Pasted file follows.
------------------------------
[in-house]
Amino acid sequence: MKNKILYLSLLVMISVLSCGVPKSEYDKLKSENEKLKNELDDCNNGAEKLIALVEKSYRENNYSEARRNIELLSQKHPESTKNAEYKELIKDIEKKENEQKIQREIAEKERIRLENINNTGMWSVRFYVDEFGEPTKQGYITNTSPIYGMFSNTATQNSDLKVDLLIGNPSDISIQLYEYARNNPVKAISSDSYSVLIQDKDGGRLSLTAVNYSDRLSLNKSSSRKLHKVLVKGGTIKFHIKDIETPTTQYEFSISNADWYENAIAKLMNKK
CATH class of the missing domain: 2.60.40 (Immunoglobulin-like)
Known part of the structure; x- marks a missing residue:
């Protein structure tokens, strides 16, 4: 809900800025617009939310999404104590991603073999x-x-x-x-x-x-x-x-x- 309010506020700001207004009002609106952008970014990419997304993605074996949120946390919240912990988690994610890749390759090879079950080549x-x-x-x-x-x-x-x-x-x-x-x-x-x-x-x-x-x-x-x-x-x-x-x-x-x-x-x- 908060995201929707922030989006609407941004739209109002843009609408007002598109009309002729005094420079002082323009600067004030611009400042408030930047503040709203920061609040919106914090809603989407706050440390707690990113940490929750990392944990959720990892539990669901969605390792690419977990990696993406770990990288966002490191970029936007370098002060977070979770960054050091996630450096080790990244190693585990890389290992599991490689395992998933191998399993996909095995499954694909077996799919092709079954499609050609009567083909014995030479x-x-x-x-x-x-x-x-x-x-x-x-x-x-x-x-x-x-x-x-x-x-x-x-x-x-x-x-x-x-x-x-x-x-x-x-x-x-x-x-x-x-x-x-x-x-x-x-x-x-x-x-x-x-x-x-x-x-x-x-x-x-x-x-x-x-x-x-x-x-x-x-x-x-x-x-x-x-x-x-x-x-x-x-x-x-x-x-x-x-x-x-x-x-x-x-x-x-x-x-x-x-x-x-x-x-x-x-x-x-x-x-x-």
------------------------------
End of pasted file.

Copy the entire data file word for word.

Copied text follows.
[in-house]
Amino acid sequence: MKNKILYLSLLVMISVLSCGVPKSEYDKLKSENEKLKNELDDCNNGAEKLIALVEKSYRENNYSEARRNIELLSQKHPESTKNAEYKELIKDIEKKENEQKIQREIAEKERIRLENINNTGMWSVRFYVDEFGEPTKQGYITNTSPIYGMFSNTATQNSDLKVDLLIGNPSDISIQLYEYARNNPVKAISSDSYSVLIQDKDGGRLSLTAVNYSDRLSLNKSSSRKLHKVLVKGGTIKFHIKDIETPTTQYEFSISNADWYENAIAKLMNKK
CATH class of the missing domain: 2.60.40 (Immunoglobulin-like)
Known part of the structure; x- marks a missing residue:
């Protein structure tokens, strides 16, 4: 809900800025617009939310999404104590991603073999x-x-x-x-x-x-x-x-x- 309010506020700001207004009002609106952008970014990419997304993605074996949120946390919240912990988690994610890749390759090879079950080549x-x-x-x-x-x-x-x-x-x-x-x-x-x-x-x-x-x-x-x-x-x-x-x-x-x-x-x- 908060995201929707922030989006609407941004739209109002843009609408007002598109009309002729005094420079002082323009600067004030611009400042408030930047503040709203920061609040919106914090809603989407706050440390707690990113940490929750990392944990959720990892539990669901969605390792690419977990990696993406770990990288966002490191970029936007370098002060977070979770960054050091996630450096080790990244190693585990890389290992599991490689395992998933191998399993996909095995499954694909077996799919092709079954499609050609009567083909014995030479x-x-x-x-x-x-x-x-x-x-x-x-x-x-x-x-x-x-x-x-x-x-x-x-x-x-x-x-x-x-x-x-x-x-x-x-x-x-x-x-x-x-x-x-x-x-x-x-x-x-x-x-x-x-x-x-x-x-x-x-x-x-x-x-x-x-x-x-x-x-x-x-x-x-x-x-x-x-x-x-x-x-x-x-x-x-x-x-x-x-x-x-x-x-x-x-x-x-x-x-x-x-x-x-x-x-x-x-x-x-x-x-x-």